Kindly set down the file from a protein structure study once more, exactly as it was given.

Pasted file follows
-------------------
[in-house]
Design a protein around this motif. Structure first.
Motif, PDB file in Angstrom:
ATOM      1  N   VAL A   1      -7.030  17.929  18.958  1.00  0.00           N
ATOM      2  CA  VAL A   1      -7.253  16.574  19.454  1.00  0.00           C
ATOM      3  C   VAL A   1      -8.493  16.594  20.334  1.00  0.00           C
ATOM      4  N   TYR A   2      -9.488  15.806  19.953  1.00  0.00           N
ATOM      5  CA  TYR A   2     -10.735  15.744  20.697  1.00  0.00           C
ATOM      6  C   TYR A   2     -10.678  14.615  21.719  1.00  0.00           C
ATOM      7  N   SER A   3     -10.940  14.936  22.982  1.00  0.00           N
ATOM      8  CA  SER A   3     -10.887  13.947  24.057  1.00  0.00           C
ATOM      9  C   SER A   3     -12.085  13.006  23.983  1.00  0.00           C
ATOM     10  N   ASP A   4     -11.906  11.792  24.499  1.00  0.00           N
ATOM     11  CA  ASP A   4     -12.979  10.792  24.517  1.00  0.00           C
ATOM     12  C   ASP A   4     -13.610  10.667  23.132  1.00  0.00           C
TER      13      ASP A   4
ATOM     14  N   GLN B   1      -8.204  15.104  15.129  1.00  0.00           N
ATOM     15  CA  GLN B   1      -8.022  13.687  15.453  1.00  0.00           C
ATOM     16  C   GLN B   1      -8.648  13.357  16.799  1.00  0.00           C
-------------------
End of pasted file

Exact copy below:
[in-house]
Design a protein around this motif. Structure first.
Motif, PDB file in Angstrom:
ATOM      1  N   VAL A   1      -7.030  17.929  18.958  1.00  0.00           N
ATOM      2  CA  VAL A   1      -7.253  16.574  19.454  1.00  0.00           C
ATOM      3  C   VAL A   1      -8.493  16.594  20.334  1.00  0.00           C
ATOM      4  N   TYR A   2      -9.488  15.806  19.953  1.00  0.00           N
ATOM      5  CA  TYR A   2     -10.735  15.744  20.697  1.00  0.00           C
ATOM      6  C   TYR A   2     -10.678  14.615  21.719  1.00  0.00           C
ATOM      7  N   SER A   3     -10.940  14.936  22.982  1.00  0.00           N
ATOM      8  CA  SER A   3     -10.887  13.947  24.057  1.00  0.00           C
ATOM      9  C   SER A   3     -12.085  13.006  23.983  1.00  0.00           C
ATOM     10  N   ASP A   4     -11.906  11.792  24.499  1.00  0.00           N
ATOM     11  CA  ASP A   4     -12.979  10.792  24.517  1.00  0.00           C
ATOM     12  C   ASP A   4     -13.610  10.667  23.132  1.00  0.00           C
TER      13      ASP A   4
ATOM     14  N   GLN B   1      -8.204  15.104  15.129  1.00  0.00           N
ATOM     15  CA  GLN B   1      -8.022  13.687  15.453  1.00  0.00           C
ATOM     16  C   GLN B   1      -8.648  13.357  16.799  1.00  0.00           C